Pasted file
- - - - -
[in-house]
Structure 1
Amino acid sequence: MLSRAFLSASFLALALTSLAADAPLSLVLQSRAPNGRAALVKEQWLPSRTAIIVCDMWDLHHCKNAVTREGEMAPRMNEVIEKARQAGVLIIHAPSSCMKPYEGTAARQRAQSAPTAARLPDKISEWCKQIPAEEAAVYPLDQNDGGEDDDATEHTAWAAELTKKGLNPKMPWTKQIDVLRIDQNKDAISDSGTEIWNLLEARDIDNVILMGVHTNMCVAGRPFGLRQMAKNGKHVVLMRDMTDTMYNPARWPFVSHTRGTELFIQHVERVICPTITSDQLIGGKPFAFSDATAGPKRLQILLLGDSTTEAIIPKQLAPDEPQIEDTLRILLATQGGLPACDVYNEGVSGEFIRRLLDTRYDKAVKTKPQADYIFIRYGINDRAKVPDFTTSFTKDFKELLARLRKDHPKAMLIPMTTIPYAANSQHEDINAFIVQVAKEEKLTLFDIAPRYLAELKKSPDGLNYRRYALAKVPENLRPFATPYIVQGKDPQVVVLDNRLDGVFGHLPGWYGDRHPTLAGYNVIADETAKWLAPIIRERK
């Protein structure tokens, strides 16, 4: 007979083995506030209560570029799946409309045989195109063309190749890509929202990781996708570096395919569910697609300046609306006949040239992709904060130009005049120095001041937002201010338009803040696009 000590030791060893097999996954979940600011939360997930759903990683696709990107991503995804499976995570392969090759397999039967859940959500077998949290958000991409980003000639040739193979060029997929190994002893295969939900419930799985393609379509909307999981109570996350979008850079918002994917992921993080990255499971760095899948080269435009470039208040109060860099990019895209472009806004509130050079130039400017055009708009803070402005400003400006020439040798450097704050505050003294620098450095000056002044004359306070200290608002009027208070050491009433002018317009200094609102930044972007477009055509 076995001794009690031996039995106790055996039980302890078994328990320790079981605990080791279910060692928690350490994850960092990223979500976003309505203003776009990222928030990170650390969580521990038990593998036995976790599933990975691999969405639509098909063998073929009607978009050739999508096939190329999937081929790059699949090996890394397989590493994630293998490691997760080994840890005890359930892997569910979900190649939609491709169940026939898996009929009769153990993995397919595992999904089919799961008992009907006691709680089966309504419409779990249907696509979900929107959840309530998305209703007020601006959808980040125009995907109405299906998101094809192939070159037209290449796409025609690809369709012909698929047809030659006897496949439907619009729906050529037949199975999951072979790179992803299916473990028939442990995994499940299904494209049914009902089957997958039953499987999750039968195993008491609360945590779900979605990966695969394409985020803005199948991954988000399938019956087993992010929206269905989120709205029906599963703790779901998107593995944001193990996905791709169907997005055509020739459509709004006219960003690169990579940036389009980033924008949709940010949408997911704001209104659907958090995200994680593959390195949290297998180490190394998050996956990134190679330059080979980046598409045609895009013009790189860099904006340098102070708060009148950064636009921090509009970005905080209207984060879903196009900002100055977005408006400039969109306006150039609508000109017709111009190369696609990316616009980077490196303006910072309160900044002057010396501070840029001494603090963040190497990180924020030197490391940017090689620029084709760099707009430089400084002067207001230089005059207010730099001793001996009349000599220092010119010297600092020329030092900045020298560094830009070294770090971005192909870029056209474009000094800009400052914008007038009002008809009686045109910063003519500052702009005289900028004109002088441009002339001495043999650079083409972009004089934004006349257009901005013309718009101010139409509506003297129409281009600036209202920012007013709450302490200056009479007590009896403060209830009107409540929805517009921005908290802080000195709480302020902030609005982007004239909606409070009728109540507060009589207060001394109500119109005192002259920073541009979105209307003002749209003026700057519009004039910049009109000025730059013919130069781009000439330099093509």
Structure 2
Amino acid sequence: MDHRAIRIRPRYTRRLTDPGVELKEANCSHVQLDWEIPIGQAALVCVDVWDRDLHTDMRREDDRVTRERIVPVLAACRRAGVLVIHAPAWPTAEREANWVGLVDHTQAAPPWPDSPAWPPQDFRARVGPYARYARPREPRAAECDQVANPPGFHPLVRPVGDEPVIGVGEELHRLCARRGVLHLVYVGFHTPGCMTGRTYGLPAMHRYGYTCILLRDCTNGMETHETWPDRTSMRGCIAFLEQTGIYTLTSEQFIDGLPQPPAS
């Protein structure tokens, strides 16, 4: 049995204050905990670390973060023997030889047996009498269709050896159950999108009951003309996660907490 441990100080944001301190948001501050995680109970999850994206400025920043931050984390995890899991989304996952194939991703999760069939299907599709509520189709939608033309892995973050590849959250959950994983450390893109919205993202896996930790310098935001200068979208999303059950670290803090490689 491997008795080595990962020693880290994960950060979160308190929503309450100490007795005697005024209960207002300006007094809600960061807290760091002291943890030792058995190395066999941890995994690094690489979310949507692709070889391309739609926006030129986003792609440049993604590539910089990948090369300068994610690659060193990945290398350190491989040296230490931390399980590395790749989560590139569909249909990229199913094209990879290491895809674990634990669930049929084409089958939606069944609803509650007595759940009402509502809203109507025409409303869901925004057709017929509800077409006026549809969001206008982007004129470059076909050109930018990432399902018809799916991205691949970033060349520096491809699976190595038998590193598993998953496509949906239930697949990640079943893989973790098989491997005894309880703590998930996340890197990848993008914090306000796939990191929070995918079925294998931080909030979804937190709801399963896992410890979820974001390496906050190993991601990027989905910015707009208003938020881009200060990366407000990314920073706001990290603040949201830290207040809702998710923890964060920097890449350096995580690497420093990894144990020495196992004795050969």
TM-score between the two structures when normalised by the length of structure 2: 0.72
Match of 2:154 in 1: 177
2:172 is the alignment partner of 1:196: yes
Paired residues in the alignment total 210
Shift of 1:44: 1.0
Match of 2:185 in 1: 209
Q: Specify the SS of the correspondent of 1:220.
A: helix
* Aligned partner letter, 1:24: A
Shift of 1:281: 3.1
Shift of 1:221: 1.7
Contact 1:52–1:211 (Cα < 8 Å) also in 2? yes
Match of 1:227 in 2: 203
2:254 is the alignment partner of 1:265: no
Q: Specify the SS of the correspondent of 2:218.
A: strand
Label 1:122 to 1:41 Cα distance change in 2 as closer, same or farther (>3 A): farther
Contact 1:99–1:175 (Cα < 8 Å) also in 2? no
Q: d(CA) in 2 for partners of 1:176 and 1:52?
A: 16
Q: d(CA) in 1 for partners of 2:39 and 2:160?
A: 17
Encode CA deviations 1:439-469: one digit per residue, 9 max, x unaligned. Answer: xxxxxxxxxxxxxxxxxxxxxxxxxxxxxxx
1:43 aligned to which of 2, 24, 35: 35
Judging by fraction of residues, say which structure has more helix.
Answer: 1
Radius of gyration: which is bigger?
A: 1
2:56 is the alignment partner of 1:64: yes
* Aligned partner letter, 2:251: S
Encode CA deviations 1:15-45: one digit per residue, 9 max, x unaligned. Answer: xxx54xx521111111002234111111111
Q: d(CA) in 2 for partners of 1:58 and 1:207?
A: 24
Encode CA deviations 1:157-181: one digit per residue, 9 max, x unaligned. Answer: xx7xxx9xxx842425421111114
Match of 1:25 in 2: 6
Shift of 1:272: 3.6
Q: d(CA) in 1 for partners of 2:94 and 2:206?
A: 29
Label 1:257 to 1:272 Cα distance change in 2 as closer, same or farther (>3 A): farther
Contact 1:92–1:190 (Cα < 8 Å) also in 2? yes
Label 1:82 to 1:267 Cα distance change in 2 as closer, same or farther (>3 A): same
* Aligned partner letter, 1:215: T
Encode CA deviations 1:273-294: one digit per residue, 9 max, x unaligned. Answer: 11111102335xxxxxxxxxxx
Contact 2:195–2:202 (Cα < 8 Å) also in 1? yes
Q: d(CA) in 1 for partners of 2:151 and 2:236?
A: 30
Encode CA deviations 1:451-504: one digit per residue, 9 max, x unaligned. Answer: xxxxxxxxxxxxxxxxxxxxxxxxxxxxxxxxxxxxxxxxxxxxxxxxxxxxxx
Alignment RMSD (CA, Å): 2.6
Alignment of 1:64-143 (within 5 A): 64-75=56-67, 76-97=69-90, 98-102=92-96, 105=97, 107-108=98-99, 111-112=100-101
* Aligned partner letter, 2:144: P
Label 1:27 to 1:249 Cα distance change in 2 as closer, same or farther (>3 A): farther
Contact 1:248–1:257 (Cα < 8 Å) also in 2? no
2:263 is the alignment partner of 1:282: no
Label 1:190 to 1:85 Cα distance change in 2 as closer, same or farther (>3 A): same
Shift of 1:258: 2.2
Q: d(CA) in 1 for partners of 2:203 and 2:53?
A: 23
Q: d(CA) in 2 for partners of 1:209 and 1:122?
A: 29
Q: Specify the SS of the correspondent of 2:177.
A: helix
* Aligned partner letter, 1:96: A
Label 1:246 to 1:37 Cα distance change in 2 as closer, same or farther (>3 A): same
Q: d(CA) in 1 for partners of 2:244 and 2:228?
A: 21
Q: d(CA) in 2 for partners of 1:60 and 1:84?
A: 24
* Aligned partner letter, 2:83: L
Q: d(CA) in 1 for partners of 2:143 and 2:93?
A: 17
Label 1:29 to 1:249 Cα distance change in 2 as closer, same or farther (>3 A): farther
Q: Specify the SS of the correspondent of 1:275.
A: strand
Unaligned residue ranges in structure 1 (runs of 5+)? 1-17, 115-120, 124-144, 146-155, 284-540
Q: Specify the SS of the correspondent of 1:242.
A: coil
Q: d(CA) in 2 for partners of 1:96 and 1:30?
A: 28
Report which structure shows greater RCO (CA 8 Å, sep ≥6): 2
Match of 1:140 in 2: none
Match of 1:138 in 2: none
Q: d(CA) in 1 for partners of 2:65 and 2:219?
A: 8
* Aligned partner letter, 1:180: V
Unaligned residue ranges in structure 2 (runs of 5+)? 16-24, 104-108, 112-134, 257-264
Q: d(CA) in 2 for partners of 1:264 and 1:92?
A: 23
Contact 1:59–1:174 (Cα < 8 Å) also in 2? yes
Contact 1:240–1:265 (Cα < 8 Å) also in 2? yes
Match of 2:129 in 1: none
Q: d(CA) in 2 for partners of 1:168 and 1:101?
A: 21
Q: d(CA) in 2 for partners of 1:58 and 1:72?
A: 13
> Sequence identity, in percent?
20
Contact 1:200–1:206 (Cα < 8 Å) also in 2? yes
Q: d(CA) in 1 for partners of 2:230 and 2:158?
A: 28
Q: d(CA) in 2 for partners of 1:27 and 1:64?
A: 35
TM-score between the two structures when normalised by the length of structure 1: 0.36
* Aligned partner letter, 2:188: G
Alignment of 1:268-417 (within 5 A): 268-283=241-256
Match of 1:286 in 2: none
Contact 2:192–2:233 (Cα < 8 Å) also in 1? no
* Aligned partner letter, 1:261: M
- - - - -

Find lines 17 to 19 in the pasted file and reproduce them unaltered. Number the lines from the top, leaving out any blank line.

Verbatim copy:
Shift of 1:281: 3.1
Shift of 1:221: 1.7
Contact 1:52–1:211 (Cα < 8 Å) also in 2? yes